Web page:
Sam's Exotic Photos of Kowloon, Hong Kong
Kowloon (the name means "Nine Dragons") is the large peninsula on the Chinese mainland north of Hong Kong Island. It was ceded to Hong Kong by China in 1960 to provide protection over the ships stationed in Victoria Harbour.
As well as jaw-dropping shopping and dining options, the tourist heartland of Tsim Sha Tsui is one of Hong Kong's most diverse and exhilarating locales. There is something for everyone here, from the bright lights of streets that never sleep to tranquil parks and architectural reminders of the colonial years, like the Clock Tower built in 1915 as part of the Kowloon-Canton Railway Terminus. Named after the British governor who designed it, bustling Nathan Road was scorned as a white elephant and originally dubbed "Nathan's Folly". In recent decades, however, it has become celebrated as the "Golden Mile" because of the dazzling array of neon-decorated shops, hotels, restaurants and nightspots that flank the wide thoroughfare. Tsim Sha Tsui is also home to Kowloon Park, which extends from Nathan Road to Canton Road and provides a welcome respite from the crowds of Tsim Sha Tsui proper.
Tsim Sha Tsui East (including Hung Hom) is a major hotel, shopping and nightlife area fronting a fine waterfront promenade that offers a stunning view of Victoria Harbour and Hong Kong Island's incredible skyline. Near the end of the promenade is Hung Hom Station, for trains to the New Territories and mainland China. The Hong Kong Coliseum, the Hong Kong Science Museum and Hong Kong Museum of History are also in the area.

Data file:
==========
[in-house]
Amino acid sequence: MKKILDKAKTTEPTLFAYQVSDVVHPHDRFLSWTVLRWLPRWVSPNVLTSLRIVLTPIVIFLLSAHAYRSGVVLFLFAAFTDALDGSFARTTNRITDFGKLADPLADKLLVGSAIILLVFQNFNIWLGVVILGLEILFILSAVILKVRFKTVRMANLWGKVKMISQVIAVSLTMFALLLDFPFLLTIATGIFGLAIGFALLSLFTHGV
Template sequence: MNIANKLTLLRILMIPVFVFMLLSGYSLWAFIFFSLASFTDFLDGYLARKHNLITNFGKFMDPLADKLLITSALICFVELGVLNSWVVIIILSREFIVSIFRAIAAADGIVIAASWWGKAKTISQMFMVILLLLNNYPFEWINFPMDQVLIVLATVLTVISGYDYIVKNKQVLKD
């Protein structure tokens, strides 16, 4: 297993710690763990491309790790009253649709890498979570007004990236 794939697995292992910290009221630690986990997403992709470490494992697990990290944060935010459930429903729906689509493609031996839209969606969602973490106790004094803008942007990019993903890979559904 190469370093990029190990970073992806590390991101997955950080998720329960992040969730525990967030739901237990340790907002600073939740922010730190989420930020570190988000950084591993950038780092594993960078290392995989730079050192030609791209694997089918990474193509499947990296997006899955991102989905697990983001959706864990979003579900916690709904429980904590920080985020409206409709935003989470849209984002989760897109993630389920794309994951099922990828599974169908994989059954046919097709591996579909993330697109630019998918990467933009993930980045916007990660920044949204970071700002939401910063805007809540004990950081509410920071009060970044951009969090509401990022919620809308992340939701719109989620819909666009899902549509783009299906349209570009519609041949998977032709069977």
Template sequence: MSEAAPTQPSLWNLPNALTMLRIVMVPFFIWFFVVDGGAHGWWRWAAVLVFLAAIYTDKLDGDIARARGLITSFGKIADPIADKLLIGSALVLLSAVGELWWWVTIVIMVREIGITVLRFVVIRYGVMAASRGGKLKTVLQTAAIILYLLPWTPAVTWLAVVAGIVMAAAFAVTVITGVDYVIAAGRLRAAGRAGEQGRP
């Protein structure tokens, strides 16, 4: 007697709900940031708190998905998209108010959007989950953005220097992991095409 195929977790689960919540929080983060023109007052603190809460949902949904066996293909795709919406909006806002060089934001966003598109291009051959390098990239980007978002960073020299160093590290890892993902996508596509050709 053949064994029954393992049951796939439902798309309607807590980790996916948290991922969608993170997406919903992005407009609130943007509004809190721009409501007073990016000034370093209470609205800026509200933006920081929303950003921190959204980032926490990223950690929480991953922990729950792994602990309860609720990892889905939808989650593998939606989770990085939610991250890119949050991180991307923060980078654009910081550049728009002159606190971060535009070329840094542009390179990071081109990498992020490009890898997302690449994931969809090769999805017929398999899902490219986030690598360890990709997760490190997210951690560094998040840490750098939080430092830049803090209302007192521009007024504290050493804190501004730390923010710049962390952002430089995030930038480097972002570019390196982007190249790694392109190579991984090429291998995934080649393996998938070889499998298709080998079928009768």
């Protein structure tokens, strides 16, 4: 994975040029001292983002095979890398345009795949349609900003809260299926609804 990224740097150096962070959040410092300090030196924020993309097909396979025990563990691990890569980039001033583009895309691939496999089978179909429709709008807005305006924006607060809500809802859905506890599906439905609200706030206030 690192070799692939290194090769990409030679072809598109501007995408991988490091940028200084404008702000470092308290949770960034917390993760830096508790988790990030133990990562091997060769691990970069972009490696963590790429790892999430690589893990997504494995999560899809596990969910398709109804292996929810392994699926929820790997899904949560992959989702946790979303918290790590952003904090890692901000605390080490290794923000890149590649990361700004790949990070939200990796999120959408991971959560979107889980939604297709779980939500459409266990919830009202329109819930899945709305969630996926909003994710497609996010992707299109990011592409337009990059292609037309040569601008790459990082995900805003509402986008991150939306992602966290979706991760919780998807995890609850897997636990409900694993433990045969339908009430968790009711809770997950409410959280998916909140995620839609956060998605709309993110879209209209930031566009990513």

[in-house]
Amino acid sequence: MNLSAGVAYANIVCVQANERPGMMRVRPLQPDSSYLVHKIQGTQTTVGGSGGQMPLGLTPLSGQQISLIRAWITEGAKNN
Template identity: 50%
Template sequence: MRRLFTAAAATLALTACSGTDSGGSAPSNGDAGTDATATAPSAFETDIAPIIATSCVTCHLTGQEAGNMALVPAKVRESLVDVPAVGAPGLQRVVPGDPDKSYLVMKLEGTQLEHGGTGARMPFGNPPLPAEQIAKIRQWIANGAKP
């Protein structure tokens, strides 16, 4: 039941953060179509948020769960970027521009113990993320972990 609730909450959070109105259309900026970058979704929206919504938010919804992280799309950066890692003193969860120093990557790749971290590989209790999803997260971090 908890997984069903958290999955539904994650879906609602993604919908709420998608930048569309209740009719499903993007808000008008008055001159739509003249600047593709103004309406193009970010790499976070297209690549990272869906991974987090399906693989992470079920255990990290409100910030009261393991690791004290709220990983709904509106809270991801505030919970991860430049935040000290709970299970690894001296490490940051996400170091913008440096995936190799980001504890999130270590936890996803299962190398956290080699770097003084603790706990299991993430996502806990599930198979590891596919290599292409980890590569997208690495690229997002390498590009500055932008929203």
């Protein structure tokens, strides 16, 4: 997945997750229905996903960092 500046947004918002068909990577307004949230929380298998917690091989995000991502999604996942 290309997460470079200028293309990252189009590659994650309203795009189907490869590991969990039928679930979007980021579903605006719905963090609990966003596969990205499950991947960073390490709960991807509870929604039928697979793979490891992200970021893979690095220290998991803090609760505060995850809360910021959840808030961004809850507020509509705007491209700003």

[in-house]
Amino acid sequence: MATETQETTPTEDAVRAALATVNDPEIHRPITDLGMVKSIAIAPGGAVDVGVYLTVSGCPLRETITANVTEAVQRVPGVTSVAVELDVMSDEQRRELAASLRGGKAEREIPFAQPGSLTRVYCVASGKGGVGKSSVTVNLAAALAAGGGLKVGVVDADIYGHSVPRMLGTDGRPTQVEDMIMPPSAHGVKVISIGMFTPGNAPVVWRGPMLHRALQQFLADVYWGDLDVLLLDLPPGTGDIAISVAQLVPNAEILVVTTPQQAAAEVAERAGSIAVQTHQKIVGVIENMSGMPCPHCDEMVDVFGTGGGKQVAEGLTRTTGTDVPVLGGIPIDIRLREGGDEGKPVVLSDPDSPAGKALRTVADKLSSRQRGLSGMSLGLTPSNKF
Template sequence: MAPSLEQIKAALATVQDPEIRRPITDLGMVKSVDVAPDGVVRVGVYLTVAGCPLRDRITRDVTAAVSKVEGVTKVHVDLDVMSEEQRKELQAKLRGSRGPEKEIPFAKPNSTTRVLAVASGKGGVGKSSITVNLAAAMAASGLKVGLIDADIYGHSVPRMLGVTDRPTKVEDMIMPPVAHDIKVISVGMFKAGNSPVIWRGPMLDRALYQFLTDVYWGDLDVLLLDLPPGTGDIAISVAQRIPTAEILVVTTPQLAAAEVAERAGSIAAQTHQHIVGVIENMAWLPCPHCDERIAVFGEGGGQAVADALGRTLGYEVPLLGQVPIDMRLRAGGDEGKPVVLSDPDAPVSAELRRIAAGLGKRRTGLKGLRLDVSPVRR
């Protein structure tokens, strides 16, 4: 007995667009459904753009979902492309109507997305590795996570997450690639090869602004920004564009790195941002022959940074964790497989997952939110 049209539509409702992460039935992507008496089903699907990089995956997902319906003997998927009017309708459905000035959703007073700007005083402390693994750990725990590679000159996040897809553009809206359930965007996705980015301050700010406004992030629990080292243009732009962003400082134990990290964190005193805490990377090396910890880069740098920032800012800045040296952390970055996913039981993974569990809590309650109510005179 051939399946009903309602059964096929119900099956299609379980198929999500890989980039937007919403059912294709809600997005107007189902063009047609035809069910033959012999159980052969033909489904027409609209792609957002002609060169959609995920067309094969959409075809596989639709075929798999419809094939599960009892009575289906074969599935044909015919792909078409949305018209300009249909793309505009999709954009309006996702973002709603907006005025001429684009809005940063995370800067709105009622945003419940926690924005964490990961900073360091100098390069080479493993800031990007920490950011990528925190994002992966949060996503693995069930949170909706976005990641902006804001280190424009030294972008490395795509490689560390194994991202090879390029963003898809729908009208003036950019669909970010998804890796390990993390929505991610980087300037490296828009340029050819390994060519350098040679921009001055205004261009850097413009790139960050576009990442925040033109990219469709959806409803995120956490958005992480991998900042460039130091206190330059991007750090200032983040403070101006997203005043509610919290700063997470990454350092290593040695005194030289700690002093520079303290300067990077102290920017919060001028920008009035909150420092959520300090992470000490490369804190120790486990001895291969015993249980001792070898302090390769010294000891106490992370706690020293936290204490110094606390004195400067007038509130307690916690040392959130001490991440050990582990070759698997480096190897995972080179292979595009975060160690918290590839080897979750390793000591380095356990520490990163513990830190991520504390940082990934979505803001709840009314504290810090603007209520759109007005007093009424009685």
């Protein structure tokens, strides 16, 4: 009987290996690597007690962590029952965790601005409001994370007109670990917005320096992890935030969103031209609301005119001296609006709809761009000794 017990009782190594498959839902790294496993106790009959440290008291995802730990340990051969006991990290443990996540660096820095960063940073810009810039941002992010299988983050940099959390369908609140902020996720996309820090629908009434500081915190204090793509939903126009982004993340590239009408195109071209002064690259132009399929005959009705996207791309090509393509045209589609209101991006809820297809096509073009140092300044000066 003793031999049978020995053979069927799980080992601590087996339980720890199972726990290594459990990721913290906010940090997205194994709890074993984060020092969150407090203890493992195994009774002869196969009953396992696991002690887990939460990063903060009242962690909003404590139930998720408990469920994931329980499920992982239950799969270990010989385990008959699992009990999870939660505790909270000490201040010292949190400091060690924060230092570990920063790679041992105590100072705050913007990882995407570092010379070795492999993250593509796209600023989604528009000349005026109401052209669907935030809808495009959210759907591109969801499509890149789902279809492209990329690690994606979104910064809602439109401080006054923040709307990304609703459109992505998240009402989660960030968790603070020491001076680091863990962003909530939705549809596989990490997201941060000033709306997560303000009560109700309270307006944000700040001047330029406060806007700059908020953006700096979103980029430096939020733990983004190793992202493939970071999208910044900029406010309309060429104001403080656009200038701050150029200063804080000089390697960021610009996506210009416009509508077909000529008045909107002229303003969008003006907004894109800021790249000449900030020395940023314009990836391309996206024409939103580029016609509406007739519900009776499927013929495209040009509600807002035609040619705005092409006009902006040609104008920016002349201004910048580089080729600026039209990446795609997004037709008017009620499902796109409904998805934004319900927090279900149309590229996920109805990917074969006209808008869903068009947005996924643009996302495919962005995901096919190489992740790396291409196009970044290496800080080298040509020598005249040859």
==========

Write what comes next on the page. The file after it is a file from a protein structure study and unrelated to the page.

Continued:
Tsim Sha Tsui Waterfront, which extends from Tsim Sha Tsui (Cultural Centre, Science and Arts Museums) to Tsim Sha Tsui East (Avenue of the Stars) is not only famous in its own right but also because it lies across Victoria Harbour from Hong Kong Island, whose skyline is absolutely stunning - voted the third best in the world. (Also see link below for new photos)
Just north of Tsim Sha Tsui is lively Yau Ma Tei, which means "place of sesame plants" in Chinese and reflects the area's rural heritage. A few blocks north, Mong Kok has long held the distinction of being one of the world's most densely populated urban areas. Although parts of the district have been modernized, it remains a cheerfully crowded community and a hive of shopping activity.
Chi Lin Nunnery is located on Diamond Hill in once rural Wong Tai Sin District. Nestled among the high rise buildings around it, Chi Lin Nunnery, originally built in 1930, was completely rebuilt in 2000. It is, in my opinion, the most striking of all the many Buddhist temples in Hong Kong.
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